Boise State vs. Oregon State
When: Dec. 24, 8 p.m. ET
Boise State (8-4) was good, not great, this season, but this is not the season Broncos fans are worried about. After Chris Petersen (finally) accepted a job from a bigger school—Washington of the Pac-12—it's the future that keeps folks in Boise awake at night. It should be interesting to watch this team respond to the loss of its leader; will it come out extra invigorated, or unrecognizably flat?
Oregon State (6-6) was consistently plagued by its porous defense this year, starting with the Week 1 upset against FCS Eastern Washington (when QB Vernon Adams had 500-plus total yards) and continuing until Washington and Oregon combined to score 105 points in the Beavers' final two games. Still, this team is capable of hanging around with anyone because of its passing offense, which is led by two of the best in college football, QB Sean Mannion and receiver Brandin Cooks. Boise State is typically too well coached to get beat by a one-dimensional team, but without Chris Petersen around, this might be a different story.
Bowling Green vs. Pittsburgh
When: Dec. 26, 6 p.m. ET
Bowling Green (10-3) more than just rained on NIU's parade last Friday night, it monsooned on the Huskies' BCS dreams, dominating the MAC Championship from start to finish, eventually winning 47-27. The Falcons are known for their defense, ranking fifth in the country with 14.8 points allowed per game, but they proved their offense was up to snuff against NIU as well. Pitt has some extremely talented skill-position players, so this could be an interesting matchup.
Pittsburgh (6-6) has been a hard team to peg all season, losing six games despite boasting some of the most exciting players in college football. At the vanguard of that list is defensive tackle Aaron Donald, a finalist (and perhaps the favorite) for the Bednarik Award who leads the nation with 26.5 tackles for loss. Offensively, the passing game has been up and down, but if wide receiver Devin Street returns to the lineup healthy, Tom Savage and Co. might be able to find some success against BGSU.
Utah State vs. Northern Illinois
When: Dec. 26, 9:30 p.m. ET
Where: San Diego
Utah State (8-5) nearly beat Fresno State in the MAC title game late Saturday, but its first season sans Gary Andersen still has to be considered a wild success, especially after losing do-it-all quarterback Chuckie Keeton early in the year. The Aggies have been one of the pluckiest, scrappiest, most surprisingly competitive teams in America, going 7-1 in league play behind a very stout defense. That unit will be key against all-world quarterback Jordan Lynch.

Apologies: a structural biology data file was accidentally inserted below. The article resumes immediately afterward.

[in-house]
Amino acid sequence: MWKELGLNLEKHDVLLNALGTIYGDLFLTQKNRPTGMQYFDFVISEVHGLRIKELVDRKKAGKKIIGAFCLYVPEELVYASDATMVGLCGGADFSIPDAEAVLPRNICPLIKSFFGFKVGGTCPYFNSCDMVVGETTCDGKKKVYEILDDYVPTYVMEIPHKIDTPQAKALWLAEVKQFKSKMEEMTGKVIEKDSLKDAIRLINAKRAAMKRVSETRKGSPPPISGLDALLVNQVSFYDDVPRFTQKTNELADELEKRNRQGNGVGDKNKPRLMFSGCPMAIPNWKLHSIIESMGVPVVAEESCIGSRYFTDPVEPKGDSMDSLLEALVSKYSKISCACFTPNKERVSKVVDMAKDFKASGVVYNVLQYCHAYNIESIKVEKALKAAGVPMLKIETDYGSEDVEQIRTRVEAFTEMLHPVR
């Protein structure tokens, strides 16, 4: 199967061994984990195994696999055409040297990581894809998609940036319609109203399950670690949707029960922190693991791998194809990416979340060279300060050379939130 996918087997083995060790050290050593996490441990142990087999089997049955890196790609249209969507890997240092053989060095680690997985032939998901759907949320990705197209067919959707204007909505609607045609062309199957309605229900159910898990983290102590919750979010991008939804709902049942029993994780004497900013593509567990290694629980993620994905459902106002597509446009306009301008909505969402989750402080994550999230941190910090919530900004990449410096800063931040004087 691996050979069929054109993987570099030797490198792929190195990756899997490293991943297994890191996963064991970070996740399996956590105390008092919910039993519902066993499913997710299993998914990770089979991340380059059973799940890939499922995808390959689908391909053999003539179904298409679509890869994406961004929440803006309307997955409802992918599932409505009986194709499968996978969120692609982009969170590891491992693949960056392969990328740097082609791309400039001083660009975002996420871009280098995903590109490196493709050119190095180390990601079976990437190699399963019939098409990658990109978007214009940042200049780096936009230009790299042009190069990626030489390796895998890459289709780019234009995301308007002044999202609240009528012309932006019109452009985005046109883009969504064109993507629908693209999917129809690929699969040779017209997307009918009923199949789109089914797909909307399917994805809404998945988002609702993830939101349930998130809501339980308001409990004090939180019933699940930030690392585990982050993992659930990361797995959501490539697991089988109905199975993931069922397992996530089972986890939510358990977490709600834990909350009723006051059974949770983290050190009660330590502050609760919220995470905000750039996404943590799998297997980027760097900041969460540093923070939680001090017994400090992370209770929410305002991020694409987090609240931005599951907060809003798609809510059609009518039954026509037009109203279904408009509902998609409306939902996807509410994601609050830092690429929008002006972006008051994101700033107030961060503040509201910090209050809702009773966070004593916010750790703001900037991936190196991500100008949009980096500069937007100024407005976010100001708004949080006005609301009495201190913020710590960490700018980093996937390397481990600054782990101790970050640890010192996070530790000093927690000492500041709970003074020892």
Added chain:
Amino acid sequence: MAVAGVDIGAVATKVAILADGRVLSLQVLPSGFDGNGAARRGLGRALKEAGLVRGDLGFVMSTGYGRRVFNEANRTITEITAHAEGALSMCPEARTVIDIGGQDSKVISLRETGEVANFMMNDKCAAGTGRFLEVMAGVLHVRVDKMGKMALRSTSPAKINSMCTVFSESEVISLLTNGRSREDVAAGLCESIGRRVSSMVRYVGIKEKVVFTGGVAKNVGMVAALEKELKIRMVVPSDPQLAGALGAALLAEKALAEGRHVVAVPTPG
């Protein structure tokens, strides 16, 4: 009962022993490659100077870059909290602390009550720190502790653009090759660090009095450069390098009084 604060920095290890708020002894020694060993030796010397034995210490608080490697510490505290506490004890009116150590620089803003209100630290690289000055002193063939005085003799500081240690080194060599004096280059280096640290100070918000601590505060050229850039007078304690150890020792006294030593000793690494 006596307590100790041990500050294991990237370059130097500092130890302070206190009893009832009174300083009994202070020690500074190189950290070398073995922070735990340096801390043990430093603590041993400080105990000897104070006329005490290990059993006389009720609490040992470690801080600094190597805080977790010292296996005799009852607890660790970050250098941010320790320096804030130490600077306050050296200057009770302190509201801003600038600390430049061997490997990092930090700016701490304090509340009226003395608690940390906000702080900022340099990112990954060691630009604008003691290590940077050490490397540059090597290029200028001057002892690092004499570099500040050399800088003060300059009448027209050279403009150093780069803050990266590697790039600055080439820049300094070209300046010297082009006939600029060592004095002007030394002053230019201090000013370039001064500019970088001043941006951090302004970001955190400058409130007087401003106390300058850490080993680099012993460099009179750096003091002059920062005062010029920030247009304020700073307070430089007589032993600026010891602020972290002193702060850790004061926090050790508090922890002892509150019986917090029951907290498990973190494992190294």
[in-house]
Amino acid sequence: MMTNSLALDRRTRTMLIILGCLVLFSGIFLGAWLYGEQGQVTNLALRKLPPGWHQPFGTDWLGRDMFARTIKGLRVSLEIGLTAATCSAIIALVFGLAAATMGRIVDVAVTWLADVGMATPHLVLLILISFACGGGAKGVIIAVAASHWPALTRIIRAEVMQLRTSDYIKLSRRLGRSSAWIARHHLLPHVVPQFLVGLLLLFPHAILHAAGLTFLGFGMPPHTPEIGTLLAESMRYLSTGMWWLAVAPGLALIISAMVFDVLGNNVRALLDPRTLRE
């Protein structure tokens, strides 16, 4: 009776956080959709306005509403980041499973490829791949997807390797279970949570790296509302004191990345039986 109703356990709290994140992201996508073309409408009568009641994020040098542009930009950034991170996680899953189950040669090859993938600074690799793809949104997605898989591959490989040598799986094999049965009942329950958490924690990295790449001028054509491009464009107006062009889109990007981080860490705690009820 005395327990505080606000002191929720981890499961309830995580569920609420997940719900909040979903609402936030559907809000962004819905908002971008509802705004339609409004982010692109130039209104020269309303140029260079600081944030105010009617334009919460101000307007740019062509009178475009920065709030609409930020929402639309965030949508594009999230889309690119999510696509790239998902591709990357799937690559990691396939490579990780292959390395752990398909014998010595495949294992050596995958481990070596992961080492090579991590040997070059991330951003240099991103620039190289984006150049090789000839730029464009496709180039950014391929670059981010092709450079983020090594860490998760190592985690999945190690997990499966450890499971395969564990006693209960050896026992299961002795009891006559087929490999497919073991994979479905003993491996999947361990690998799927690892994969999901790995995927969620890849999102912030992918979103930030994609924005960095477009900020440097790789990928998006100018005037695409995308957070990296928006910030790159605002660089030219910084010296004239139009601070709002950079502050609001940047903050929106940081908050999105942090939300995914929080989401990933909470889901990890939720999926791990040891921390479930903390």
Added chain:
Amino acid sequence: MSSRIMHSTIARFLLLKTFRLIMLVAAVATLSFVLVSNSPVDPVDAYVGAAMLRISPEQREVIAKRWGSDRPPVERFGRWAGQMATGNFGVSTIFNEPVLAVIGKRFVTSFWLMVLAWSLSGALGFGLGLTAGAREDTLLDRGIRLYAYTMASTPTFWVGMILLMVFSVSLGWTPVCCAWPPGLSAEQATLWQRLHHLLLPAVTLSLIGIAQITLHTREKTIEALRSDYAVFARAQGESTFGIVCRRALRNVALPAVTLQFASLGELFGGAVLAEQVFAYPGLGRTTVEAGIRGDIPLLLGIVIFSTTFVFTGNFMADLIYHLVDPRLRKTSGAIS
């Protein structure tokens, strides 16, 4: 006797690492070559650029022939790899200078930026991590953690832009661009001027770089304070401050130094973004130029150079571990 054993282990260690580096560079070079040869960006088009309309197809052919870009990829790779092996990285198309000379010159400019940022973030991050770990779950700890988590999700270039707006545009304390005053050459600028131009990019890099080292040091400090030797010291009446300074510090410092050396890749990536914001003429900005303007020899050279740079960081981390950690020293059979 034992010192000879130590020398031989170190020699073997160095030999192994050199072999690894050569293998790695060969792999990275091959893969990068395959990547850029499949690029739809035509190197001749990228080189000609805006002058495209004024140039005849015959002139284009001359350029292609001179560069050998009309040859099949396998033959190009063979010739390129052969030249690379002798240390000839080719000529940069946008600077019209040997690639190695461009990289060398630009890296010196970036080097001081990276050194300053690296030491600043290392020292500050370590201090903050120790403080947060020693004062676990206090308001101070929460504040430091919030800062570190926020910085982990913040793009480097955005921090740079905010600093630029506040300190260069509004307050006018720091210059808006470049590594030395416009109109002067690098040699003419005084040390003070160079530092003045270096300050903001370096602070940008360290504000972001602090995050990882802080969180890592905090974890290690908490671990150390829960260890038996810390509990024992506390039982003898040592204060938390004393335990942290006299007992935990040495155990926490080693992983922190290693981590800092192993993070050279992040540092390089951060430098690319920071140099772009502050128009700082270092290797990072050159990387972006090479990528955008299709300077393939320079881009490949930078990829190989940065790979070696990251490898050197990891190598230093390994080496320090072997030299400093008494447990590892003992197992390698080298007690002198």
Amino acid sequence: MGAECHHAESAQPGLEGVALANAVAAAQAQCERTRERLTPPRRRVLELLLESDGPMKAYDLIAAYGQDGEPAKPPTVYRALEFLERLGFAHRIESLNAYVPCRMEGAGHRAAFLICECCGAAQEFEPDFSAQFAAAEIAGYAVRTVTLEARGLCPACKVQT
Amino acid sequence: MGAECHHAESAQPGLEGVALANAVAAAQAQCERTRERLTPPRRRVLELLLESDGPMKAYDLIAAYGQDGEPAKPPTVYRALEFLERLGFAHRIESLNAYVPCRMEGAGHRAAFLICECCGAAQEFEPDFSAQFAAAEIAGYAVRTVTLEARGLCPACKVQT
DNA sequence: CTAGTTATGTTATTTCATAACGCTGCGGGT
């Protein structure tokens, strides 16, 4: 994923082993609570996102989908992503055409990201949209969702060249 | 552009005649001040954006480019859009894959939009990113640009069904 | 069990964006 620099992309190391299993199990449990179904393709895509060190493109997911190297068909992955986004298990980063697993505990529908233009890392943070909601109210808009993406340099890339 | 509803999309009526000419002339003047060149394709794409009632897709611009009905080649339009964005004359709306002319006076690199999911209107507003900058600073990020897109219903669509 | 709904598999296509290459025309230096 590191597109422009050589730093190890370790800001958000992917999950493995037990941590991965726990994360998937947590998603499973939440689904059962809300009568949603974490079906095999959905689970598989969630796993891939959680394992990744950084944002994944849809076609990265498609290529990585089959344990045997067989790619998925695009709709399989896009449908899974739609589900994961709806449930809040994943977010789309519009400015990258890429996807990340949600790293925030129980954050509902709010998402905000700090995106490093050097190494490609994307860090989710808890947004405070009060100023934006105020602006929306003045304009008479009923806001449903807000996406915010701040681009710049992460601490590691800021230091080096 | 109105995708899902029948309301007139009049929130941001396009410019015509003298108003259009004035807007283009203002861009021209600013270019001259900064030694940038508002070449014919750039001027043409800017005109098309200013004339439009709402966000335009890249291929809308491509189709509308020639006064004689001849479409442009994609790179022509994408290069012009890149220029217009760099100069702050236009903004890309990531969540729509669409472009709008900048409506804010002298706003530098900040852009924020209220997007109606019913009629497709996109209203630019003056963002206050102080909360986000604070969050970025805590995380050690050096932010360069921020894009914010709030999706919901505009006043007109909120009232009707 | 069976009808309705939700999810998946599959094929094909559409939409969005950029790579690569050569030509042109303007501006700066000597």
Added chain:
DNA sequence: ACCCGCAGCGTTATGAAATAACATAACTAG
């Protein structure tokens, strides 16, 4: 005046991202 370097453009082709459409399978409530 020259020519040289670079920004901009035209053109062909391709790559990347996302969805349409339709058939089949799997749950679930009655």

Northern Illinois (12-1) squandered a chance to crash its second consecutive BCS bowl against Bowling Green on Friday, losing the MAC Championship in blowout fashion, 47-27. That's probably for the best, because these 2013 Huskies, while good, are nowhere near BCS-caliber and might have been embarrassed on a big stage. Utah State's defense will be a stingy but beatable test for Jordan Lynch's collegiate farewell—much more appropriate than a power conference team.
Maryland vs. Marshall
When: Dec. 27, 2:30 p.m. ET
Where: Annapolis, Md.
Maryland (7-5) did well to become bowl-eligible (and then add another win for good measure) in yet another injury-plagued season. The Terps were riding high at 4-0 before getting mauled at Florida State, and season-ending injuries to seemingly half of their starters led to some ugly losses in the next few games. Head coach Randy Edsall, despite incessant whispers of being on the hot seat, actually did a heck of a job this season—it's the UMD training staff that needs an upgrade.
Marshall (9-4) followed up one of its best games of the season, a 59-28 win over East Carolina, with by far its worst, a 41-24 drubbing by Rice in the C-USA Championship Game. Still, despite that ugly form, Rakeem Cato and the Thundering Herd have an offense that should give Maryland trouble on a "neutral" field. Both teams played Virginia Tech well in Blacksburg this year, though only UMD came out victorious.
Minnesota vs. Syracuse
When: Dec. 27, 6 p.m. ET
Minnesota (8-4) was the darling of the Big Ten this season, coming out of nowhere to start the year 8-2 before crashing back to Earth against Wisconsin and Michigan State. Head coach Jerry Kill has been in and out of the locker room while battling chronic seizures, and the way his team has rallied to perform around him has been nothing short of remarkable—almost certainly the best story of this season. If the Gophers want to end on a high note, though, they'll need to do something about their offense, which has scored just 10 points in its past 10 quarters.
Syracuse (6-6) took a substantial step back from last season, but that was to be expected after losing quarterback Ryan Nassib, head coach Doug Marrone and so many other pieces. All things considered, going 6-6 and making a bowl game has to be considered a mild success, especially for a program with such a rocky football history. The Orange came up huge when they most needed it, beating Boston College to end the season, and if they can carry over some momentum from that performance, there's no reason this team can't take down Minnesota.
Washington vs. BYU
When: Dec. 27, 9:30 p.m. ET
Where: San Francisco